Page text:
The New York Times' polling website, FiveThirtyEight.com, is showing the odds of Obama winning the Presidency at 85 per cent. This number has been going up dramatically for the last couple of days as the polling numbers are starting solidify around a must-have Electoral College win for Obama and a nice-to-have win in the popular vote.
This is not lost on conservative bloggers who see the inevitable on Tuesday: an Obama second term. And in the modern world of reporting news before it happens, conservative bloggers are already writing Mitt Romney's political obituary. Erick Erickson, ultra-conservative blogger for redstate.com in a scathing editorial referred to Romney as "unprincipled" and the "silly putty of politicians." He writes:
"I've been reading the 200 pages of single spaced opposition research from the John McCain campaign on Mitt Romney. There is no issue I can find on which Mitt Romney has not taken both sides. He is neither liberal nor conservative. He is simply unprincipled. The man has no core beliefs other than in himself.
Mitt Romney ... is a man devoid of any principles other than getting himself elected. As much as the American public does not like Barack Obama, they loath a man so fueled with ambition that he will say or do anything to get himself elected. Mitt Romney is that man."
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Here's a look at the issues he and other Canada-U.S. watchers feel will land on the big desk in the Oval Office in the months and years to come. <strong><em>With files from CBC</em></strong>
Wilkins puts energy policy at the top of the list of Canadian issues facing the next U.S. president. "It is a huge part of our trade relationship and obviously the controversial issue right now is the approval of the Keystone pipeline," said Wilkins. "I think that has the most immediate and profound impact on the relationship of the two countries. It can mean thousands of jobs in the U.S. It can mean more Canadian energy flowing to the U.S. and would give us a little more energy independence from some of the other countries that we depend on that don't necessarily like us, like Venezuela." Romney has said he will approve Keystone XL, a 1,900-kilometre project that would carry oilsands crude from Alberta to the U.S. Gulf Coast. Obama initially welcomed TransCanada Corp.'s $7.6-billion plan, but put it temporarily on hold late last year, asking the State Department to take another look at a new route that would bypass the environmentally sensitive Sandhills area in Nebraska. Keystone XL has faced significant opposition from environmentalists, who both oppose oilsands development and view the pipeline itself as an ecological disaster waiting to happen. Don Abelson, director of the Canada-U.S. Institute at Western University in London, Ont., says energy policy is a critical cross-border issue that's not going to go away. "Both Obama and Romney are very well aware of what's going on in Western Canada and how the United States could benefit from that, so there's been a lot of discussion about North American energy independence and lessening their dependence on the Middle East."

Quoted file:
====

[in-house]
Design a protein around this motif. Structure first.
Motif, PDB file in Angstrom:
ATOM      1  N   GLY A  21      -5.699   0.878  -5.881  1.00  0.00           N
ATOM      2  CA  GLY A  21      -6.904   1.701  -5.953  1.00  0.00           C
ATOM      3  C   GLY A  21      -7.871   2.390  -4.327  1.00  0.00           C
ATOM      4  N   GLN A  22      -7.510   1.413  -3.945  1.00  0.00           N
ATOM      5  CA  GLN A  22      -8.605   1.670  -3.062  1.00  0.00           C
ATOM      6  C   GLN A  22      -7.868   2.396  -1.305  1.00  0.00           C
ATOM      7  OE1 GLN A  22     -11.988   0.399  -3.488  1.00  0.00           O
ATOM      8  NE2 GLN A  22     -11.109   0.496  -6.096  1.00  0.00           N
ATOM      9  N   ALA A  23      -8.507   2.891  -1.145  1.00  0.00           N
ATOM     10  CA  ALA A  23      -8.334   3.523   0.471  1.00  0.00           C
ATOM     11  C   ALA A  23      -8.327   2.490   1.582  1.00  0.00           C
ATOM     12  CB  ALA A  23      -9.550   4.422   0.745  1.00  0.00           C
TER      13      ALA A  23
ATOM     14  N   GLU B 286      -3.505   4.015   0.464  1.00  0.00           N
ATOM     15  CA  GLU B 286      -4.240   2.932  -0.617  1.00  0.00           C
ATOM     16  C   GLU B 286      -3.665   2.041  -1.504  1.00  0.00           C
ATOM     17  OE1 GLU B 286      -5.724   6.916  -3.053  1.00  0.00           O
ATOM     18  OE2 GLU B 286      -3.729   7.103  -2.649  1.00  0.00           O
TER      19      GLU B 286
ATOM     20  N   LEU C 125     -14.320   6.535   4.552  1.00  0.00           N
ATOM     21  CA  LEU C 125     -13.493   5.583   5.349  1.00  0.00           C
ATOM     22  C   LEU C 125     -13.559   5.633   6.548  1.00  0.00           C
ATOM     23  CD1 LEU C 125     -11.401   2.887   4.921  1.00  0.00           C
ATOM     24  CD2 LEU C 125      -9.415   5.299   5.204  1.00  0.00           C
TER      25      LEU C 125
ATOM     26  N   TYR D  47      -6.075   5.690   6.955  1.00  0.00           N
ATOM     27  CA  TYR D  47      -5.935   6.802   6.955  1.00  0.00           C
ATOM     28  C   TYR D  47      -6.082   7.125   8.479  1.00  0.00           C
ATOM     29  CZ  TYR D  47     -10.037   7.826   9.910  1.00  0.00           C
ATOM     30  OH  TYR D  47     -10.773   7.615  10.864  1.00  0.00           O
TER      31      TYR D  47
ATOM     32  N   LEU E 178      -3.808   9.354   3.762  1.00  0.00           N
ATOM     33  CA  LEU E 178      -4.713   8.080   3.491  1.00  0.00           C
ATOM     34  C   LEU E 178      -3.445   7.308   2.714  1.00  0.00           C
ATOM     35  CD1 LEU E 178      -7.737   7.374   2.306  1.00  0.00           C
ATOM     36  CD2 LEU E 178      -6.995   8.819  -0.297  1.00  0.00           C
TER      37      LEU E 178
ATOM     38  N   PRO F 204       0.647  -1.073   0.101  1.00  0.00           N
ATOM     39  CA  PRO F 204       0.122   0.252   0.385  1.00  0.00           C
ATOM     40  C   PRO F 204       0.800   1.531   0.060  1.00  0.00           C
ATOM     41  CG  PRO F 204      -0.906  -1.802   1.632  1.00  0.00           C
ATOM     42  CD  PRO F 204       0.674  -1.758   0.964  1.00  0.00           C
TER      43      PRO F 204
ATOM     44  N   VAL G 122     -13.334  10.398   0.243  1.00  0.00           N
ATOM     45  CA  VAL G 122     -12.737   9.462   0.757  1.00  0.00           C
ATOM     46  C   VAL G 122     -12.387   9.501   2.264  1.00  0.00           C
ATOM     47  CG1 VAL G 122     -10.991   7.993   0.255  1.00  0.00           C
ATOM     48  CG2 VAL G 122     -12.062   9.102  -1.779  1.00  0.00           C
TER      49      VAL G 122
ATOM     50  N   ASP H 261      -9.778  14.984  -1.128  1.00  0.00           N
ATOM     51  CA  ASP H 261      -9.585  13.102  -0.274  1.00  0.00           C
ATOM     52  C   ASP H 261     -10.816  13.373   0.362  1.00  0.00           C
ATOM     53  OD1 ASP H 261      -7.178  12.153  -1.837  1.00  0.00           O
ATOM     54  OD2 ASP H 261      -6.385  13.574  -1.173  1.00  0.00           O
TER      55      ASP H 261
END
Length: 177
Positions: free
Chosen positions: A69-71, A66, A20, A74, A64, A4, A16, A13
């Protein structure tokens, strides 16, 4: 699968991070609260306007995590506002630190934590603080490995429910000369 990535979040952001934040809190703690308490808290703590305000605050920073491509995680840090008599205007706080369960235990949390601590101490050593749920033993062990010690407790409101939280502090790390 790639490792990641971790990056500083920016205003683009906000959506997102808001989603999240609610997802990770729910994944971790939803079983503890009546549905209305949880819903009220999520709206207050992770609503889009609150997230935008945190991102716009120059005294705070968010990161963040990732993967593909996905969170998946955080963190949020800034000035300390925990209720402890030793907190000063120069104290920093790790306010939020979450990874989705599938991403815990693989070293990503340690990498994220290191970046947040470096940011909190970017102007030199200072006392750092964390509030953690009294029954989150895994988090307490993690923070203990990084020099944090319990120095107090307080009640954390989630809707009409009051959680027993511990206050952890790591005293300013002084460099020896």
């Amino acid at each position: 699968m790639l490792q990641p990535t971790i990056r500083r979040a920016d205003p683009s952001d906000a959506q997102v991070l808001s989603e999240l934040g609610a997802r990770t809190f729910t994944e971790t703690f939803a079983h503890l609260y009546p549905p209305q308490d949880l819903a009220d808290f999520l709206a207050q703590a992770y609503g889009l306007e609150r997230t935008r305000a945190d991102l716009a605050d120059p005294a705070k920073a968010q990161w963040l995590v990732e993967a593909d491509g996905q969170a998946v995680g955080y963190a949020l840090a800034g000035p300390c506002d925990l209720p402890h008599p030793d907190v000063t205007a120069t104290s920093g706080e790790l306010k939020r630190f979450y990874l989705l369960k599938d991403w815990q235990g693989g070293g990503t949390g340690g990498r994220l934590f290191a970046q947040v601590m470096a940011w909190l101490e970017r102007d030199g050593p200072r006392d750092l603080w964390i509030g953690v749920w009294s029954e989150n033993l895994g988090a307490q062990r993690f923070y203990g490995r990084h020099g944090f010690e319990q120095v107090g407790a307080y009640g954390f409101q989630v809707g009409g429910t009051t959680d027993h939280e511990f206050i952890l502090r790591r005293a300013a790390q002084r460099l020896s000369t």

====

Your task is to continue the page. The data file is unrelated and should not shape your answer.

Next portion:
In his view, Abelson says "first and foremost" among the Canadian issues facing the next U.S. president is "our concern about trade and the border." "It's always a concern that not only the next president but the next Congress looks favourably upon the importance of the trade relationship between the two countries and that as committed as both countries are to maintaining a secure border, that they don't lose sight of the importance of allowing for the unfettered movement of goods and services." In the past four years, there have been some protectionist tendencies on the U.S. side, including Buy America clauses in bills, one of which, restricting public works projects to U.S.-made steel and manufactured goods, was passed by Congress "I think there was some expectation that when Barack Obama became president in 2008 that he would not be as committed to thickening the border," says Abelson. But "clearly he has been." Wilkins, a Republican, also feels that Buy America clauses are protectionist and not helpful. "I'm hopeful that they won't come up again, but I think if you have an Obama administration the likelihood is higher than if you have a Romney administration."